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Med Hypotheses. 2014 Dec;83(6):835-7. doi: 10.1016/j.mehy.2014.10.022. Epub 2014 Oct 29.

Bruch's membrane diffusivity for vascular endothelial growth factors may explain variable response to wet age-related macular degeneration treatment: clinical implications.

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Eye Center South and Alabama College of Osteopathic Medicine, United States. Electronic address:


The hypothesis presented is that diffusivity of vascular endothelial growth factors (VEGF) across Bruch's membrane is an important parameter that distinguishes prompt and slow responders to anti-VEGF treatment in wet age-related macular degeneration (AMD). Accordingly, slow-responders have a high diffusivity and will attain peak VEGF levels on the choroidal side of Bruch's membrane rapidly, probably before or around the time of the next monthly anti-VEGF injection. If a fixed dose of anti-VEGF is used at each monthly treatment (as is the current practice), depending on the initial level of VEGF at that time of injection, VEGF with each treatment will vary. Therefore, diffusion will occur at a different concentration gradient in each treatment cycle subsequent to the injection. Hence, by Fick's Second Law of Diffusion, the slope of the concentration versus time curve for each treatment cycle will be different from the preceding cycle. This leads to a different peak concentration just prior to the next monthly injection. So, when a fixed dose of the anti-VEGF is used at each monthly treatment peak VEGF level fluctuates instead of going down continuously which prolongs the treatment. Thus, doses of anti-VEGF may have to be tapered to decrease the concentration gradient and to slow down the rate of diffusion of VEGF. Diffusivity of Bruch's membrane with regards to VEGF is a simple concept that can explain the variable response to anti-VEGF treatment in wet AMD. If validated through clinical trial the treatment protocol for wet AMD can be more precise and tailored to individual patients.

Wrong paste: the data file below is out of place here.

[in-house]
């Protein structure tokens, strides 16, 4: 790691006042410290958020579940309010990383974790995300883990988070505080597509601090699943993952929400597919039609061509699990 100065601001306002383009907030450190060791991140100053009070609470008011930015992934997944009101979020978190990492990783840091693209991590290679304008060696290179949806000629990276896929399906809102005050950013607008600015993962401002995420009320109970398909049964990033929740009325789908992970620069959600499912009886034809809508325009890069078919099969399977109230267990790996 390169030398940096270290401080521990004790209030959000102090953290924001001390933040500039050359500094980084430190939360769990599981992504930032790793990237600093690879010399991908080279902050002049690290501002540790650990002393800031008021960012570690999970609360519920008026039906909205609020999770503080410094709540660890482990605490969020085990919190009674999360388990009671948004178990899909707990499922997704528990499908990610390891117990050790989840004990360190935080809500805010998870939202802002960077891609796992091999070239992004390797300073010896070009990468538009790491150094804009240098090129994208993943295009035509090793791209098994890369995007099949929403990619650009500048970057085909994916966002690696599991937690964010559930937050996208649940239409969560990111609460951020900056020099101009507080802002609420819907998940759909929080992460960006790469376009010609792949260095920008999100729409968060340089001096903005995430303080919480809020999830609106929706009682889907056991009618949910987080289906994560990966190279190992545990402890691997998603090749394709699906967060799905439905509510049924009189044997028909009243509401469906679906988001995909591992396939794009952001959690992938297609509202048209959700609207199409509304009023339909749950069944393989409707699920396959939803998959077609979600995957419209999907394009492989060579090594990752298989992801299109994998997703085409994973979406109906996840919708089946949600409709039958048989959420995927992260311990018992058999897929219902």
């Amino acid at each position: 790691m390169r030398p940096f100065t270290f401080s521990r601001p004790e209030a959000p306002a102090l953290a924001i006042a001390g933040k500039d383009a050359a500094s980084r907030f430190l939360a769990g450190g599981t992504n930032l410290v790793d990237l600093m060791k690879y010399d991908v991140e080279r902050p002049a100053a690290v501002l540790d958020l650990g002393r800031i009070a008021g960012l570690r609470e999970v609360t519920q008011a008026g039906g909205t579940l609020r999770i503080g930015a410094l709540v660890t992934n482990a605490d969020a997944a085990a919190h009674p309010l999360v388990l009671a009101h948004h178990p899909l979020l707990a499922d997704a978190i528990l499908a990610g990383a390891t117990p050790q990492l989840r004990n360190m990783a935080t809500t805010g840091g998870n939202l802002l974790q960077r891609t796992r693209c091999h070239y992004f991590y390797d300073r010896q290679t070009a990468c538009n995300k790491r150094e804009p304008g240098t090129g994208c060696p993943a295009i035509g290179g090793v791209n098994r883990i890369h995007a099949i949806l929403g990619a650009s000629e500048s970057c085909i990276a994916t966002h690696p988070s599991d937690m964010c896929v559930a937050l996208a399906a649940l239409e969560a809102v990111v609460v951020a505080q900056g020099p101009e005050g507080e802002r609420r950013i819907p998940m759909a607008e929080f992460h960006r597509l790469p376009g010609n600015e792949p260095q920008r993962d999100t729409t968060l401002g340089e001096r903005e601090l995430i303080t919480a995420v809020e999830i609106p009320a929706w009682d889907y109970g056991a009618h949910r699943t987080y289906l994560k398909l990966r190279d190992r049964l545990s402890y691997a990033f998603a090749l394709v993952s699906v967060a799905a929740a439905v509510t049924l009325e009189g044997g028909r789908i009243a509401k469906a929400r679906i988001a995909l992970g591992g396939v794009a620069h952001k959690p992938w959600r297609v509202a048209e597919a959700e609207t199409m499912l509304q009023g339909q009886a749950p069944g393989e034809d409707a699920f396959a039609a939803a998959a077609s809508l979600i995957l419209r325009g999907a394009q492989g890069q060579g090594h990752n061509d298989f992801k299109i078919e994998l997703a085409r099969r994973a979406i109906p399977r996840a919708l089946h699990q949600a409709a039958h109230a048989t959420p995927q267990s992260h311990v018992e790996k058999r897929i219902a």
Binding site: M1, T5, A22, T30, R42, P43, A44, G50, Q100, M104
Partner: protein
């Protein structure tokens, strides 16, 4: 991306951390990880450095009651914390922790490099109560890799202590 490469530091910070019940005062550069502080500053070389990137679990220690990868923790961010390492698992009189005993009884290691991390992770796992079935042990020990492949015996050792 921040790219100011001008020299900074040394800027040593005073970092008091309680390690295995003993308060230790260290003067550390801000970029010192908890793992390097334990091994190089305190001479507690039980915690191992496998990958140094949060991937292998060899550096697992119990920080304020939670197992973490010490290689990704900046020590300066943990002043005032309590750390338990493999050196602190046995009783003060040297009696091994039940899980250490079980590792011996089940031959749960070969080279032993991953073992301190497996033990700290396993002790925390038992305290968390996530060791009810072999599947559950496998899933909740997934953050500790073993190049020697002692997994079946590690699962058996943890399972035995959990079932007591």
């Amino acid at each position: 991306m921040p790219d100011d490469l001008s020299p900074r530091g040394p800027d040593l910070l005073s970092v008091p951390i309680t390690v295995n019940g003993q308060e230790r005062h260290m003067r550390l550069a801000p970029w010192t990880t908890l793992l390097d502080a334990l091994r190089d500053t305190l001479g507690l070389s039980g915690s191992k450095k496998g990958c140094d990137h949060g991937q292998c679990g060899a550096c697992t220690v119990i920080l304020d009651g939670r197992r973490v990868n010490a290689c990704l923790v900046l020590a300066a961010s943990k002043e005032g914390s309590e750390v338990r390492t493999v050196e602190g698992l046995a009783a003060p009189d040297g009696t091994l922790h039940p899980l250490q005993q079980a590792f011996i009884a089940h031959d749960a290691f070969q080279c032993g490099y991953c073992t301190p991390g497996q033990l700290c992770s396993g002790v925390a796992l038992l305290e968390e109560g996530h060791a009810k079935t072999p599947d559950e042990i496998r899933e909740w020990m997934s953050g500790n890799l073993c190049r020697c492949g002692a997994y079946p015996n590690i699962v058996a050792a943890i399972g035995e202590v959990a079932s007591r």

[Indexed for MEDLINE]

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